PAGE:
The BVI is home to many hundreds of thousands of companies. Some of these come to the end of their useful lives in the normal course of events and their affairs need to be resolved in an orderly manner – this is usually done by appointing a Voluntary Liquidator to deal with its affairs. Others fail as a result of changes in the economic environment, poor management or for causes beyond the control of management and in these cases they are often wound up by the court.
Our experienced team at FFP has a specialism in dealing with these problems. Most solvent liquidations are handled by existing service providers such as audit firms, affiliates of legal counsel or director firms. Although we do perform what are often referred to as “clean shell” liquidations, more often we are asked to take on entities that fall outside existing service providers’ normal risk parameters and have residual issues that require additional experience or resources. Recent examples of some of our cases include:
• resolution of material FIN48 tax issues resulting in significant distributions to investors;
• closure of a fund group and establishment of a liquidating entity to hold illiquid assets for the longer term;
• winding down of a fund with distributions in specie and in cash to investors depending upon their wishes;
• realising remaining assets during an ongoing regulatory investigation;
• realisation of privately held and thinly traded securities;
• resolution of disputes between a fund’s founding partners to allow subsequent distributions;
• a buy out in liquidation of minority shareholders by the investment manager.
The following is a brief summary of the Voluntary Liquidation (VL) procedure. If you require any further information please do not hesitate to give us a call. Our full contact details are at the bottom of this page.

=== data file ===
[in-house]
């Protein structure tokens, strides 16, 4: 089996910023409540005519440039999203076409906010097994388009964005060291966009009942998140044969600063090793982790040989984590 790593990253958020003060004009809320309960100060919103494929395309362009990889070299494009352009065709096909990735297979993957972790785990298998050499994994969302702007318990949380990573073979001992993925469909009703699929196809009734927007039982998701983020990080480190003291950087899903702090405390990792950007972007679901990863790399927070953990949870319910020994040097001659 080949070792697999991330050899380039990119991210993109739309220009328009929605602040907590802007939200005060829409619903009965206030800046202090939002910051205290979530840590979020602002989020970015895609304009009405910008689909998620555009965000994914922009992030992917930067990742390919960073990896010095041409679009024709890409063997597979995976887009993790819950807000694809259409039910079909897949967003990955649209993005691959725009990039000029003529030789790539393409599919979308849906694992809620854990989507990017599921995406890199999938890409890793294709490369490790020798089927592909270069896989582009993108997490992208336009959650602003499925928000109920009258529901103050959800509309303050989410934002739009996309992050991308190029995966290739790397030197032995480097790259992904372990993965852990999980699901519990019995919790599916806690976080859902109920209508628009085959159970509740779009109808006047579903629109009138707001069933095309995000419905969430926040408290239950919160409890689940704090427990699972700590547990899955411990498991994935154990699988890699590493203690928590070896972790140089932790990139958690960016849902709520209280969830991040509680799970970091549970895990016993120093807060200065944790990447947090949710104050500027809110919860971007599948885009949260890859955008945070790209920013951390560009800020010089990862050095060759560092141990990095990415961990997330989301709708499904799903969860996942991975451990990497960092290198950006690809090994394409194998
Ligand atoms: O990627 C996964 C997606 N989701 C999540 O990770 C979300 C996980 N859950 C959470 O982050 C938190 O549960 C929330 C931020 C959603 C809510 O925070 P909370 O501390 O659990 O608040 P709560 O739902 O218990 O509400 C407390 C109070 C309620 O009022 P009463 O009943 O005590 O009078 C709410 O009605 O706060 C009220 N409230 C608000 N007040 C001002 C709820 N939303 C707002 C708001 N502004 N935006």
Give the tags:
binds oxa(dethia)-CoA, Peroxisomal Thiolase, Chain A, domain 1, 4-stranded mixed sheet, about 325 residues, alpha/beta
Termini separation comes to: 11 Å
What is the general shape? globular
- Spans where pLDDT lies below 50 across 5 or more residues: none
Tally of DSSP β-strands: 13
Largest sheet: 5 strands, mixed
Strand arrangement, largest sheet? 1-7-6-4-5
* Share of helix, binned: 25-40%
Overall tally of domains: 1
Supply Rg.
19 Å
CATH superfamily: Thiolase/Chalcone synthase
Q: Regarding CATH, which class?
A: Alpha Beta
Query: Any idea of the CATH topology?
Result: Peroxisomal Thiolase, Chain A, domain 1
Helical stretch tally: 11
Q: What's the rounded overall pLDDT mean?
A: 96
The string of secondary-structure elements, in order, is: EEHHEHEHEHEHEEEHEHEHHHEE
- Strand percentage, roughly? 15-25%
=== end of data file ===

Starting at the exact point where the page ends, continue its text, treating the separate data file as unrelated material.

This is a relatively straightforward procedure, although it is important to ensure that the Company is fully compliant with the provisions of the legislation in order to avoid any delays in bringing its life to an end.
For a company to be placed into Voluntary Liquidation it must be solvent; i.e. it must be able to pay all its debts in full.
The process is initiated by the directors and is approved by the shareholders, although in many cases the directors and shareholders are one and the same. The directors will prepare two documents – the Declaration of Solvency and the Liquidation Plan.
Declaration of Solvency
This is a declaration by all of the directors of the Company that it is able to pay all its debts in full. Attached to the Declaration of Solvency should be a list of the assets and liabilities of the Company. The figures in the Declaration of Solvency are at the most recent practical date prior to the date on which it is prepared.
The Liquidation Plan must contain the following information:-
• the reasons for placing the Company into Voluntary Liquidation;